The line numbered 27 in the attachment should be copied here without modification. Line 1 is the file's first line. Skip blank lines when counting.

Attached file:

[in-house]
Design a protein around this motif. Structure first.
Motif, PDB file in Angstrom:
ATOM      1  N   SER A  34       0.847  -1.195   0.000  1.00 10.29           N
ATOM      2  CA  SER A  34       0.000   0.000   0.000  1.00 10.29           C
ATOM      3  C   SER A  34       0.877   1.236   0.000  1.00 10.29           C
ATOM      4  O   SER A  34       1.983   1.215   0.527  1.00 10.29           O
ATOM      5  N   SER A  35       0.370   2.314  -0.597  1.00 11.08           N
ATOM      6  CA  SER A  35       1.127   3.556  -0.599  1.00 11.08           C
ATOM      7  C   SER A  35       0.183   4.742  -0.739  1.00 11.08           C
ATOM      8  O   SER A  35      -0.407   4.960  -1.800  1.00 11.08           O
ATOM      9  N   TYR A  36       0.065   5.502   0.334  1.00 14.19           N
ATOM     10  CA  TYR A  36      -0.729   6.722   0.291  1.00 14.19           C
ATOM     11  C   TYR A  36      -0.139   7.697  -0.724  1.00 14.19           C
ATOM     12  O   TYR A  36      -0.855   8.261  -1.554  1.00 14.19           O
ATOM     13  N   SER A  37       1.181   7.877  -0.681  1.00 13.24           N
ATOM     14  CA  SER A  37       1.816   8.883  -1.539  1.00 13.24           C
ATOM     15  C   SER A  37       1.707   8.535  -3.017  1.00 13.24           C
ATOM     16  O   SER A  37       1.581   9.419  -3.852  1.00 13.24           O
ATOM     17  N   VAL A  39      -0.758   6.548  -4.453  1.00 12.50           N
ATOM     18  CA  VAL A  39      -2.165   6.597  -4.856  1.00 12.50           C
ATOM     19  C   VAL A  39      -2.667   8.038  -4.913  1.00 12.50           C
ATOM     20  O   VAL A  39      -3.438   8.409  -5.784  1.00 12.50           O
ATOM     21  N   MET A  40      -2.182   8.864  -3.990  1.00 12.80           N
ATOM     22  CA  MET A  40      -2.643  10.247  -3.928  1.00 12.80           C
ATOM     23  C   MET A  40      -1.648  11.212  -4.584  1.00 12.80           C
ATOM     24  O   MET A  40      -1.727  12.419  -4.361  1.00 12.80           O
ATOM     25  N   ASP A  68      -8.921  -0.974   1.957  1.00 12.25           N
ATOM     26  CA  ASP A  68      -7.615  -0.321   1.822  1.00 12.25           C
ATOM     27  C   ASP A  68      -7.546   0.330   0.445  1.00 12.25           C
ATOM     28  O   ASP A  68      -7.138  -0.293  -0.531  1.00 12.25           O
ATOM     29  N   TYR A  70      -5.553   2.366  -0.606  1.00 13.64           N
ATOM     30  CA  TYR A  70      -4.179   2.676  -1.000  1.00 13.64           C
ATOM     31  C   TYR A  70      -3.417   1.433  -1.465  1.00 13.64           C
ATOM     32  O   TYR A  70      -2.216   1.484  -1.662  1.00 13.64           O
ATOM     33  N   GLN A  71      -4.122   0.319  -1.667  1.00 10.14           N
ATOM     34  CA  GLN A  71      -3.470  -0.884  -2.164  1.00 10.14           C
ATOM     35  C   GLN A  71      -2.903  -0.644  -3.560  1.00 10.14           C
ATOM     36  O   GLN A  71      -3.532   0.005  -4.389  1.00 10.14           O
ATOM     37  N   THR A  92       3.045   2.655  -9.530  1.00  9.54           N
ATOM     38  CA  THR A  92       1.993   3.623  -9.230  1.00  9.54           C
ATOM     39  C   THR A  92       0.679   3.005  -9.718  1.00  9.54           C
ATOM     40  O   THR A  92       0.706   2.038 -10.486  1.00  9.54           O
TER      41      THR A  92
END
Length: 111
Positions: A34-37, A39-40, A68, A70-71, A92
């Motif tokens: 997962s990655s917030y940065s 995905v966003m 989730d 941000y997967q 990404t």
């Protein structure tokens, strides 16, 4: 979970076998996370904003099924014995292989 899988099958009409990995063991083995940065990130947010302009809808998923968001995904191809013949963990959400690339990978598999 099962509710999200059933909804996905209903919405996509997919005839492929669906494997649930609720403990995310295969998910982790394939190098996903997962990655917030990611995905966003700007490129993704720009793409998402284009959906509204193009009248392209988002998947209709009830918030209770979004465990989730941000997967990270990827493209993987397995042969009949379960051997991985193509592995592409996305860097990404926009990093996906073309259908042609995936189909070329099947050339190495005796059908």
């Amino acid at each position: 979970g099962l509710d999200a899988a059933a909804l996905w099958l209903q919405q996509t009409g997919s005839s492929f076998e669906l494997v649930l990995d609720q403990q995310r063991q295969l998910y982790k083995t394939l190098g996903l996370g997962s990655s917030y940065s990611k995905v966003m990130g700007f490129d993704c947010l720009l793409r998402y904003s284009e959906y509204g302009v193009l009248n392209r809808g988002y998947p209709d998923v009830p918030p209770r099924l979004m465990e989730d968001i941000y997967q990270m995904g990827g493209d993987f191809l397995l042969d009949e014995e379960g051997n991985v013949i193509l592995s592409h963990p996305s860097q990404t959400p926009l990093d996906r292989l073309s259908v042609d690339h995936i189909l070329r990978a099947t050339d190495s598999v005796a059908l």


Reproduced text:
ATOM     24  O   MET A  40      -1.727  12.419  -4.361  1.00 12.80           O